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Posted - 20 December 2002 10:47

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It is my goal to become one of the best residential homebuilders in the nation. My focus will be in Hartford CT. I will be contacting those selected for the PATH Technologies in Practice section shortly to seek input. Please feel free to examine our practice under Northern Enterprise Home Mfg.


Posted - 3 June 1999 20:47

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Dear Krish,
Becoming the "best" depends on what you choose as the
best contributers to PATH's T.I.P. Some concepts may
seem good, but turn around and "bite" you.
1Structural Insulated Pannels, (SIP) are rotting and
delaminating in damp parts of the country. It's
extremely costly to replace them.
2The glue in making waferboard has been linked to the
"new house allergy" or disease. Place your vapor barier
just under the dry wall, not on the outside, and put
poly film under the carpet pad to limit vapor
3 Trusses that have been well engineered for strength
and durability may loose half their planned strength
just by untrained man handling twisting the plates
loose. Uprighting roof trusses by crane while they are
banded together greatly reduces this problem.

Good Luck. Choose your "best technologies in practice"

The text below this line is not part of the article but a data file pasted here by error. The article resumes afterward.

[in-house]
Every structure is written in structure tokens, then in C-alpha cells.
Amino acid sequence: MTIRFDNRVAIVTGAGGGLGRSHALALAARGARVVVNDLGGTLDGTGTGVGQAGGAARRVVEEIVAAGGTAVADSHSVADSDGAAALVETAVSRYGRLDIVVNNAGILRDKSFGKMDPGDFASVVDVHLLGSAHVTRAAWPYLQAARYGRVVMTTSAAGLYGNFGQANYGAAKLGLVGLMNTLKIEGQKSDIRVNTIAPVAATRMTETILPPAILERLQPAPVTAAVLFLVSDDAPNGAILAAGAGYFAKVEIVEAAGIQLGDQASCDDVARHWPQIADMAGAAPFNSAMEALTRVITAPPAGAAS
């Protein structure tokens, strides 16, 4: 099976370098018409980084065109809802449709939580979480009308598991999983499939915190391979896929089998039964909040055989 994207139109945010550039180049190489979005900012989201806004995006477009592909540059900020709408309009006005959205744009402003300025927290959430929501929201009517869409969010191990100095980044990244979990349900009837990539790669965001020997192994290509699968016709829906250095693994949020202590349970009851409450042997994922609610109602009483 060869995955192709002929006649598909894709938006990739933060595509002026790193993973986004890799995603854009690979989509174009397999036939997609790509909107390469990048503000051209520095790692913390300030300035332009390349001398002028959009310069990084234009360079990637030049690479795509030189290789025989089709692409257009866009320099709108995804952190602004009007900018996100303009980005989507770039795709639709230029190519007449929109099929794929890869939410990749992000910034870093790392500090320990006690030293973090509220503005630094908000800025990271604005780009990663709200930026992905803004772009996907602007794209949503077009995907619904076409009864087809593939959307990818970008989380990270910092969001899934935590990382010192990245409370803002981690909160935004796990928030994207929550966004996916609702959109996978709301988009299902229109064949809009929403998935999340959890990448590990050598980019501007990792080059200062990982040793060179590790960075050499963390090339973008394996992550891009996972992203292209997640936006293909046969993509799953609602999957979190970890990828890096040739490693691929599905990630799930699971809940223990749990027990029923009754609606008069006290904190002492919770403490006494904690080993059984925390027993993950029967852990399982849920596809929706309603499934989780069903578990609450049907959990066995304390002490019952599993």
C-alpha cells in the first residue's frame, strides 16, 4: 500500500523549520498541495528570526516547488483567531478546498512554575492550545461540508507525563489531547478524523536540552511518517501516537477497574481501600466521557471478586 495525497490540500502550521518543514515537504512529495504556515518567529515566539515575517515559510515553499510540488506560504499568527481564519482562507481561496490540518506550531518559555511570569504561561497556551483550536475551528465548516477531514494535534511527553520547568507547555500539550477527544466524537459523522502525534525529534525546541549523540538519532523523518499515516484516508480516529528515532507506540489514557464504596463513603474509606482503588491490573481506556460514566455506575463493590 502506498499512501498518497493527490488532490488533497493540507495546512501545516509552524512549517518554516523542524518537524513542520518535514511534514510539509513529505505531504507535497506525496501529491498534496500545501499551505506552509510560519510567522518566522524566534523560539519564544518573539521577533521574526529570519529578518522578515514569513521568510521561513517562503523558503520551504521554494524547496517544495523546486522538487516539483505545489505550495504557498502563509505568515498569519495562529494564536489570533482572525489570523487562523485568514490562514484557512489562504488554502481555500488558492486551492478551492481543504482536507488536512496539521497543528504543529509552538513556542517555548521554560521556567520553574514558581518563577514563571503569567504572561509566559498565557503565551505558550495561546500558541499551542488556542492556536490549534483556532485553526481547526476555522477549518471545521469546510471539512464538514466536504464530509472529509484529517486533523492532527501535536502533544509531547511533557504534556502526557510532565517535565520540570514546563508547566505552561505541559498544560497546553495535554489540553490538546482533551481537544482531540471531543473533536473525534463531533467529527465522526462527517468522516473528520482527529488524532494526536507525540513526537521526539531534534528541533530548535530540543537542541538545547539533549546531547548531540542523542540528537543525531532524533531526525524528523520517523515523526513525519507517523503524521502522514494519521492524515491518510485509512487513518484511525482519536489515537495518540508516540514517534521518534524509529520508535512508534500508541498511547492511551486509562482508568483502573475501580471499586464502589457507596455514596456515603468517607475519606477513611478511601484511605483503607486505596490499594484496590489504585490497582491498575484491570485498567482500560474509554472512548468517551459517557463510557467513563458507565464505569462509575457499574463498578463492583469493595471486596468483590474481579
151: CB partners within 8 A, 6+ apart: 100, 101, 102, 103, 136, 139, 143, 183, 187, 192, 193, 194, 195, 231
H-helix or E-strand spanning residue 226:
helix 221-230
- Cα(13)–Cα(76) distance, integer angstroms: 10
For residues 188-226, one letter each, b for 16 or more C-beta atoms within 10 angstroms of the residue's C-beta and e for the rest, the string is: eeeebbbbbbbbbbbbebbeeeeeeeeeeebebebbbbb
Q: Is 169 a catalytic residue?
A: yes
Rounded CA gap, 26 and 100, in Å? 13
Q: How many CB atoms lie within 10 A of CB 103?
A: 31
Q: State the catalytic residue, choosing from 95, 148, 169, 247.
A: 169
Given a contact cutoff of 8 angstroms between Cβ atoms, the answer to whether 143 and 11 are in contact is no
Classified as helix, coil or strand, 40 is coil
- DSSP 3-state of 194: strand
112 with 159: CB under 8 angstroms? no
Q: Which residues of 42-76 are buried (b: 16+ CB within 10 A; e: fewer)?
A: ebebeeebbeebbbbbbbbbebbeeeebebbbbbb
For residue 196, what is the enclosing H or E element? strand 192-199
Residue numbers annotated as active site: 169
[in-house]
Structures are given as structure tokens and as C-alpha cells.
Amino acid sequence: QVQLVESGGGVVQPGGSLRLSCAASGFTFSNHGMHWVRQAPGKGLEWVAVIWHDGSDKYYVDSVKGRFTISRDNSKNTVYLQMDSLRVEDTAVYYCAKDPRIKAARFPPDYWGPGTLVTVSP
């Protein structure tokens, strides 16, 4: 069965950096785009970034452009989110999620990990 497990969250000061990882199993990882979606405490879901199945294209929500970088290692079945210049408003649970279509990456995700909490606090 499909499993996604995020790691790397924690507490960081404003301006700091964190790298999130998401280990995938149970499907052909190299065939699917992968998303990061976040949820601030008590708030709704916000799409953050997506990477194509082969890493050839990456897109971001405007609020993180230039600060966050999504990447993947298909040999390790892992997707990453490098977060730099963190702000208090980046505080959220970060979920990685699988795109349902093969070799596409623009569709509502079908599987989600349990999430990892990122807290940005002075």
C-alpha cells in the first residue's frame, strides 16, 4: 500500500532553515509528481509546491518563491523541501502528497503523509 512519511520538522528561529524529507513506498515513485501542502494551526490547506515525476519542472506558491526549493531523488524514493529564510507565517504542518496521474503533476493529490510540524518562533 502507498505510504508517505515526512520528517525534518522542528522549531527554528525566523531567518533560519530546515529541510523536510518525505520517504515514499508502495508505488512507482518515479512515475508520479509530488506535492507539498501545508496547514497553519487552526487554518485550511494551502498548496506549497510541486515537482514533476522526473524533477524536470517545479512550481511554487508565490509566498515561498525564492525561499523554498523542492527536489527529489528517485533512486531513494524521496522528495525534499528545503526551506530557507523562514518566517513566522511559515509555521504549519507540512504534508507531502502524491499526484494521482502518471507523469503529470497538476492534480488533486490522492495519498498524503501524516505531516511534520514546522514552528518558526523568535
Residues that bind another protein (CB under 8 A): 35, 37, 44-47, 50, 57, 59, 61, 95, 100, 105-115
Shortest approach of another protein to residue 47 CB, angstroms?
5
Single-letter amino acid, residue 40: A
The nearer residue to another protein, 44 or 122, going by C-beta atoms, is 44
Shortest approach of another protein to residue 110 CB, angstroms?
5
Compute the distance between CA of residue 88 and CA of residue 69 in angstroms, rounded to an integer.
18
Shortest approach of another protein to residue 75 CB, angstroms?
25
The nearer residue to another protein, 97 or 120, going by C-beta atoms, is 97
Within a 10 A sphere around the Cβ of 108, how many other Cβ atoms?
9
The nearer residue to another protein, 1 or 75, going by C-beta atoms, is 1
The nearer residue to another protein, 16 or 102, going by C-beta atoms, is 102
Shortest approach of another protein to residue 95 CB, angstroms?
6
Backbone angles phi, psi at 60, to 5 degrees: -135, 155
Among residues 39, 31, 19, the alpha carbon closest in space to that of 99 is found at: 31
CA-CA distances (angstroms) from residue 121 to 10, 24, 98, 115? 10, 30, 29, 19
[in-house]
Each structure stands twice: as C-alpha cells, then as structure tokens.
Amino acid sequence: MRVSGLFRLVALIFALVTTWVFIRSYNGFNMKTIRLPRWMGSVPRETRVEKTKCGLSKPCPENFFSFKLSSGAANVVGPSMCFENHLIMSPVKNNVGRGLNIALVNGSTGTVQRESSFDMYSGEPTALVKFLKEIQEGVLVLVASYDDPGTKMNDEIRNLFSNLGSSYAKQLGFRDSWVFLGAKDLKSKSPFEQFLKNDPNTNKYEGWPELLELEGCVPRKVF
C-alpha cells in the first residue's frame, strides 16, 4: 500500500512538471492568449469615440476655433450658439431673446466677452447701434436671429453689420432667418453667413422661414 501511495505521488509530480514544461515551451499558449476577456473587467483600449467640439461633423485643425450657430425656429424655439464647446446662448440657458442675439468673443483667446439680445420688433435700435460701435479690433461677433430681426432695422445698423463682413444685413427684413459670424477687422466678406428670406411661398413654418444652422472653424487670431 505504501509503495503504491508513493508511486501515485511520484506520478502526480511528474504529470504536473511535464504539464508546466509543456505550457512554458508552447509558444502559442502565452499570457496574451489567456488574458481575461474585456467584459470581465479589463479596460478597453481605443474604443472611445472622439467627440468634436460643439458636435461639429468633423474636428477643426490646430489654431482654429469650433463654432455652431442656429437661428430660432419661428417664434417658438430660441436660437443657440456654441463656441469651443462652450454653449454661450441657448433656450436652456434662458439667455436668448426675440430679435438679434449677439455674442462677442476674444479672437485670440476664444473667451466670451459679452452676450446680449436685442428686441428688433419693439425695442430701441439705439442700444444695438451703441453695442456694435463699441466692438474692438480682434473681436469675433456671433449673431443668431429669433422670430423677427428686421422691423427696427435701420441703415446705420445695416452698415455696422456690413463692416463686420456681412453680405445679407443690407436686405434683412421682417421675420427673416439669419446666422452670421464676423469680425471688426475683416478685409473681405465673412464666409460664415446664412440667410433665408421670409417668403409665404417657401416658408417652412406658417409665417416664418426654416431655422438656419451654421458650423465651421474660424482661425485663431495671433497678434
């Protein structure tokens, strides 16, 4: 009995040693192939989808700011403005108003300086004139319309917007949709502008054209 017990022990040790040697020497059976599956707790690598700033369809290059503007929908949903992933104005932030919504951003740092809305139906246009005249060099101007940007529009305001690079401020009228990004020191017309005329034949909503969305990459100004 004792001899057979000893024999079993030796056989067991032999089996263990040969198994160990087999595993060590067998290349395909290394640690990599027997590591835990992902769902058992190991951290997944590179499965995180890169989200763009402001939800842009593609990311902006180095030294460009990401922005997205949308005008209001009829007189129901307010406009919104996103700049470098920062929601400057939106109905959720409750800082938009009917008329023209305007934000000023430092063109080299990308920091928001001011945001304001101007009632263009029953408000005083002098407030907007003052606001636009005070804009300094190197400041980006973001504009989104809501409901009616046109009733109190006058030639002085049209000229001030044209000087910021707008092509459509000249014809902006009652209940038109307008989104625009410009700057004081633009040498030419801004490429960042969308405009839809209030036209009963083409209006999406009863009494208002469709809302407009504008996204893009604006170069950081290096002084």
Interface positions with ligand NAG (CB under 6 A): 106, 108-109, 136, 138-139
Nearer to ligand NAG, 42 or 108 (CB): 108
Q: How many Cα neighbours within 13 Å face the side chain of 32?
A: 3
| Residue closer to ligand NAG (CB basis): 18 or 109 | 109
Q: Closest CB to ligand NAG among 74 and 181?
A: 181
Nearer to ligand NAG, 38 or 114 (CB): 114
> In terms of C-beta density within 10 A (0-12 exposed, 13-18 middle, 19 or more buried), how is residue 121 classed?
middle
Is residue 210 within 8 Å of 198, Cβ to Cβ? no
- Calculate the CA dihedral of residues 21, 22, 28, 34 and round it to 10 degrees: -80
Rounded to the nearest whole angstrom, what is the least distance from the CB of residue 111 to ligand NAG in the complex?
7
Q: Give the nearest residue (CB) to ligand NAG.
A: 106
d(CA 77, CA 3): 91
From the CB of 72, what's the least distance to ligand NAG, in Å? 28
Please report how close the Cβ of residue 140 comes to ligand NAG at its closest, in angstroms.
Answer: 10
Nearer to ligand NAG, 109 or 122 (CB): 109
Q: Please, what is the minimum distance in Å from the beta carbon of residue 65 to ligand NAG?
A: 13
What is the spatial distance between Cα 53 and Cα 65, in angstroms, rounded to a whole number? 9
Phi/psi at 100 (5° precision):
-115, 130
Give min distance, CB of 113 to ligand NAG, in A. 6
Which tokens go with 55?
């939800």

Dean Youngkeit
21 North 100 East
Willard, Utah 84340-0041



Posted - 5 June 1999 5:13

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Thanks for the tips Dean. Never would have known about
the truss handling issue. Really committed to
providing the best product and need more input like

In my area we are replacing housing stock built around
the 1900-1920. These builders utilized the best
technology available to them at that time.

Question: How do we take the many advances we have
made and use them to argue the debate, to build new or
to rehab and remain historically popular?

If all new construction builders echo the same message
in this arguement, we will be able to provide
healthier, cost effective solutions to what I percieve
as a real issue here in Hartford.


Posted - 5 June 1999 14:30

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Dear Krish,
See truss collapse horror stories @:

Generic Modular roof pre assembly at a factory will
allow you to safely lift them with a crane, 12 ft
sections of the roof at a time. These will have 2/3 of
the sheathing applied and leave only 1/3 of the
sheathing to stitch the segments together during final
site assembly.
Dean Youngkeit
21 North 100 East
Willard, Utah 84340-0041


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